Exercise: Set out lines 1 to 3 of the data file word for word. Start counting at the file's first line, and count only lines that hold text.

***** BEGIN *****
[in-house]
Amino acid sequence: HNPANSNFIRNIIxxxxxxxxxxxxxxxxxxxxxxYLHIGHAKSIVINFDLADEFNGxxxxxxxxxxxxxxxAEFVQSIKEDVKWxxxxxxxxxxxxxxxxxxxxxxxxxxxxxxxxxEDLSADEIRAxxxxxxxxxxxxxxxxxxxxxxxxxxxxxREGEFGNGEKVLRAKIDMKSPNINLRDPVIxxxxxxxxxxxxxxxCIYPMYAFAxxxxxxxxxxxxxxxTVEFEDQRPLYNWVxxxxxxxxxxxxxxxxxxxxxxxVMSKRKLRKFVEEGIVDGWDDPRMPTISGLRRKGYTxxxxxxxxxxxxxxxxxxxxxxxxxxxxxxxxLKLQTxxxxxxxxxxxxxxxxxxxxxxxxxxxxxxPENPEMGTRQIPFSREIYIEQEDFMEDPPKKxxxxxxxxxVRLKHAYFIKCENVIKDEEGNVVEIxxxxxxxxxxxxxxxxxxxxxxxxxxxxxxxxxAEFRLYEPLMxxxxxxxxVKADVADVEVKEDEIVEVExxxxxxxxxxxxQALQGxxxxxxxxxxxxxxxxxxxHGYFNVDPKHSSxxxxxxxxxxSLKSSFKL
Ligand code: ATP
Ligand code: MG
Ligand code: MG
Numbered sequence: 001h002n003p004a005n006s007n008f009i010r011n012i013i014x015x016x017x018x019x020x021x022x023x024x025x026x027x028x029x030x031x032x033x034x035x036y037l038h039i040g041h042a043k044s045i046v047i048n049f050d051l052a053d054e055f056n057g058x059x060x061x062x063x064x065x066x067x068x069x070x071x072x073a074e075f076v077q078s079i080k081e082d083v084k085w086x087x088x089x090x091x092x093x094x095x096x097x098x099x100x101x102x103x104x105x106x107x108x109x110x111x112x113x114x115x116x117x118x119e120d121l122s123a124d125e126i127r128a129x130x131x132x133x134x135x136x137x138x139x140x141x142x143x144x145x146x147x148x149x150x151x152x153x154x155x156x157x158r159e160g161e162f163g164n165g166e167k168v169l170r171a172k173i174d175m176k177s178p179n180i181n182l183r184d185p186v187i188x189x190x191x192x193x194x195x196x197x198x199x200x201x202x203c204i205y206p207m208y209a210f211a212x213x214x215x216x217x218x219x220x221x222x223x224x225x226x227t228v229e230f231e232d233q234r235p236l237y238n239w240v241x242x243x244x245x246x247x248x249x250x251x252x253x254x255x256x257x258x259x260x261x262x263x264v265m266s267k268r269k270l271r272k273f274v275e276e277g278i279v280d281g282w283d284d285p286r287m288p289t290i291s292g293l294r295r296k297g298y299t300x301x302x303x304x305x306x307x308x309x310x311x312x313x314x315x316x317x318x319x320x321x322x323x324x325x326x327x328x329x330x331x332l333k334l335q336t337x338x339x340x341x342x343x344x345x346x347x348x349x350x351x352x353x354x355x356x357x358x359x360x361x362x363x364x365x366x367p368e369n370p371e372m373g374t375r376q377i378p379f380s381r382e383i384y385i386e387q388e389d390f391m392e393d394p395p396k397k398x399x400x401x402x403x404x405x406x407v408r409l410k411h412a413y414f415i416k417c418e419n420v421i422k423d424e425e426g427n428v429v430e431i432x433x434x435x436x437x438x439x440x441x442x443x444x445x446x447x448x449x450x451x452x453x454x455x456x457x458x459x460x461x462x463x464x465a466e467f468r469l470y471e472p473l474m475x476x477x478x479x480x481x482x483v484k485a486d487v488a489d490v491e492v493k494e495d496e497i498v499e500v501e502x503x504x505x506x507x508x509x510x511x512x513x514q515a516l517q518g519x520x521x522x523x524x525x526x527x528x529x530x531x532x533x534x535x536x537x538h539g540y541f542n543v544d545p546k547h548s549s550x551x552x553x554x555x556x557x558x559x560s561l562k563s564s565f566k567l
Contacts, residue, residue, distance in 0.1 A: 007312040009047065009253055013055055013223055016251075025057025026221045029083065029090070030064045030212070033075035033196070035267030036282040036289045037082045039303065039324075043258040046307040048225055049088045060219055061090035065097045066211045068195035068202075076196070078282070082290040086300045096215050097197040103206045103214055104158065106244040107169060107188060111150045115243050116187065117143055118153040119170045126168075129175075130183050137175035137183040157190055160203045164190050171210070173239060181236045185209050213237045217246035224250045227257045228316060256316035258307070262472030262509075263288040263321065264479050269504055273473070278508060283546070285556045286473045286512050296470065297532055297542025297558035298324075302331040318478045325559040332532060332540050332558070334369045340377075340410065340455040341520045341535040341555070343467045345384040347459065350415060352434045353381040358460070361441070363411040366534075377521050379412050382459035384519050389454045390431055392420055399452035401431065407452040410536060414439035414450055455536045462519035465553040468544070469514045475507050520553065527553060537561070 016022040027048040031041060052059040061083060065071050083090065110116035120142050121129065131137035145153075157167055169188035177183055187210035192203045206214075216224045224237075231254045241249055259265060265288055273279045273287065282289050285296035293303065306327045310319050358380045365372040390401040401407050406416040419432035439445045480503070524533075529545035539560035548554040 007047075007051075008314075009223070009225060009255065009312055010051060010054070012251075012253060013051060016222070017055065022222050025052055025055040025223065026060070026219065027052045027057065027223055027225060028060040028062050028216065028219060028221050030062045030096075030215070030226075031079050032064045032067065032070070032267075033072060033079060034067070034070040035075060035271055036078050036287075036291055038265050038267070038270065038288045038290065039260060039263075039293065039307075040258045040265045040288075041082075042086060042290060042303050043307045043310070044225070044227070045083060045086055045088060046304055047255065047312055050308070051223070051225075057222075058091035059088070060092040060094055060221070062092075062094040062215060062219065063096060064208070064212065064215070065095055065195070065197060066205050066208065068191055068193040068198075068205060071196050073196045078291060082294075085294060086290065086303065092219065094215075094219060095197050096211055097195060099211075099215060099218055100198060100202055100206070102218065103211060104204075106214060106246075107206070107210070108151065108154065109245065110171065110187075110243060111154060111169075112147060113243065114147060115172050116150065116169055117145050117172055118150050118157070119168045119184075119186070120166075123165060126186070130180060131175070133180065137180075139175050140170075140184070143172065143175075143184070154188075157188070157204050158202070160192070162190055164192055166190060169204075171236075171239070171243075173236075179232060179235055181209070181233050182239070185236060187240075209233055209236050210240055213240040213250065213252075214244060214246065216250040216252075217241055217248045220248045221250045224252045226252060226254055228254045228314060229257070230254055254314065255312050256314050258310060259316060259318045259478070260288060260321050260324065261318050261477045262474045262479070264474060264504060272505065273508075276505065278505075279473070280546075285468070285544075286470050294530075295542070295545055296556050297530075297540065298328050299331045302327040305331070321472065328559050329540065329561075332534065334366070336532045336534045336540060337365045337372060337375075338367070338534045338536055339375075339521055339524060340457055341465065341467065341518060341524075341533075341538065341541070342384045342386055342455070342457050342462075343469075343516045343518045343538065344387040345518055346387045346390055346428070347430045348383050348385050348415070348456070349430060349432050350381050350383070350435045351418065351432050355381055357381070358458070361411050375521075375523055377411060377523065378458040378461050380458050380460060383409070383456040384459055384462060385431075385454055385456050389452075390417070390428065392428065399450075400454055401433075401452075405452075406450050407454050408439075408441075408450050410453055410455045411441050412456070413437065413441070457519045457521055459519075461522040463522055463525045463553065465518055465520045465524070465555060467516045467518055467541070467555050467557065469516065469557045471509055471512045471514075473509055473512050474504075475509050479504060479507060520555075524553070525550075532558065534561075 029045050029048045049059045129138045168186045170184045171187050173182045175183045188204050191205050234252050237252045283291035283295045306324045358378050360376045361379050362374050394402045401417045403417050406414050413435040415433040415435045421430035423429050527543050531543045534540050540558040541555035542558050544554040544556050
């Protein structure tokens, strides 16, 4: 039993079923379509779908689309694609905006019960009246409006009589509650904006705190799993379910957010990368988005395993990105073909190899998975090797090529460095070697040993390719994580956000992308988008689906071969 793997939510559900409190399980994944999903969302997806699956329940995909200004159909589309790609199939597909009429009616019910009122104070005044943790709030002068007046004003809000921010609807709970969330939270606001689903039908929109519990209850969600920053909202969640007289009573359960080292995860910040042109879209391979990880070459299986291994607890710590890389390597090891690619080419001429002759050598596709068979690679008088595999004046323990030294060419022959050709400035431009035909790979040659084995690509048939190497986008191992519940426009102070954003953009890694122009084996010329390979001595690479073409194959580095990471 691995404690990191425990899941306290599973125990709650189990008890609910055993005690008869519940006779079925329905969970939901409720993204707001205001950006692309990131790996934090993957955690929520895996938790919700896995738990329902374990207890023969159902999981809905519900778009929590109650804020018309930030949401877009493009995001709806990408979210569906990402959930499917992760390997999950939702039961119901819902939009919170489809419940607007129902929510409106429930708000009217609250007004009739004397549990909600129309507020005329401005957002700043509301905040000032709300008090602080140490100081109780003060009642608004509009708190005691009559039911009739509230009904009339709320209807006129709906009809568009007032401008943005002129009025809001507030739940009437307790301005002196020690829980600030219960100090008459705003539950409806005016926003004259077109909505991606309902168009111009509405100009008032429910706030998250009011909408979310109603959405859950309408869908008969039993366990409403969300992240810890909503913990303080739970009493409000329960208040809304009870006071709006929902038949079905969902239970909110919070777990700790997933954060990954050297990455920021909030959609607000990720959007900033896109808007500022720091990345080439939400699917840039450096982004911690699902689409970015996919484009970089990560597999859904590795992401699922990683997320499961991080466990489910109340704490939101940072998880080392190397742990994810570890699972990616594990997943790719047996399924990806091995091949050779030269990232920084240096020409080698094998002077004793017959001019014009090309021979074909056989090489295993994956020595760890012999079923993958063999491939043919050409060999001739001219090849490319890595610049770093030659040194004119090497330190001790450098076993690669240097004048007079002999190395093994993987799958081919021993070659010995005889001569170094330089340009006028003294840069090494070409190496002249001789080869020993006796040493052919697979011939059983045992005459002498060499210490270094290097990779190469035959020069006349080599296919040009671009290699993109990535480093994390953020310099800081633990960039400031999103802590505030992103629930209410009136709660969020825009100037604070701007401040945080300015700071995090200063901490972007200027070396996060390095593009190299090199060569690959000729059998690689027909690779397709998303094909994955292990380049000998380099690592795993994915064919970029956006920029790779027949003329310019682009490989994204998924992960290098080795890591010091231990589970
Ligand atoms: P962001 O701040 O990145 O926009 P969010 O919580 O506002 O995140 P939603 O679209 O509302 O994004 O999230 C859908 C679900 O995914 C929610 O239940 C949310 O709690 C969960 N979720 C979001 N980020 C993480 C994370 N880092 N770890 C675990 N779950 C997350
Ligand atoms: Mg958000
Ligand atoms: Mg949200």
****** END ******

[in-house]
Amino acid sequence: HNPANSNFIRNIIxxxxxxxxxxxxxxxxxxxxxxYLHIGHAKSIVINFDLADEFNGxxxxxxxxxxxxxxxAEFVQSIKEDVKWxxxxxxxxxxxxxxxxxxxxxxxxxxxxxxxxxEDLSADEIRAxxxxxxxxxxxxxxxxxxxxxxxxxxxxxREGEFGNGEKVLRAKIDMKSPNINLRDPVIxxxxxxxxxxxxxxxCIYPMYAFAxxxxxxxxxxxxxxxTVEFEDQRPLYNWVxxxxxxxxxxxxxxxxxxxxxxxVMSKRKLRKFVEEGIVDGWDDPRMPTISGLRRKGYTxxxxxxxxxxxxxxxxxxxxxxxxxxxxxxxxLKLQTxxxxxxxxxxxxxxxxxxxxxxxxxxxxxxPENPEMGTRQIPFSREIYIEQEDFMEDPPKKxxxxxxxxxVRLKHAYFIKCENVIKDEEGNVVEIxxxxxxxxxxxxxxxxxxxxxxxxxxxxxxxxxAEFRLYEPLMxxxxxxxxVKADVADVEVKEDEIVEVExxxxxxxxxxxxQALQGxxxxxxxxxxxxxxxxxxxHGYFNVDPKHSSxxxxxxxxxxSLKSSFKL
Ligand code: ATP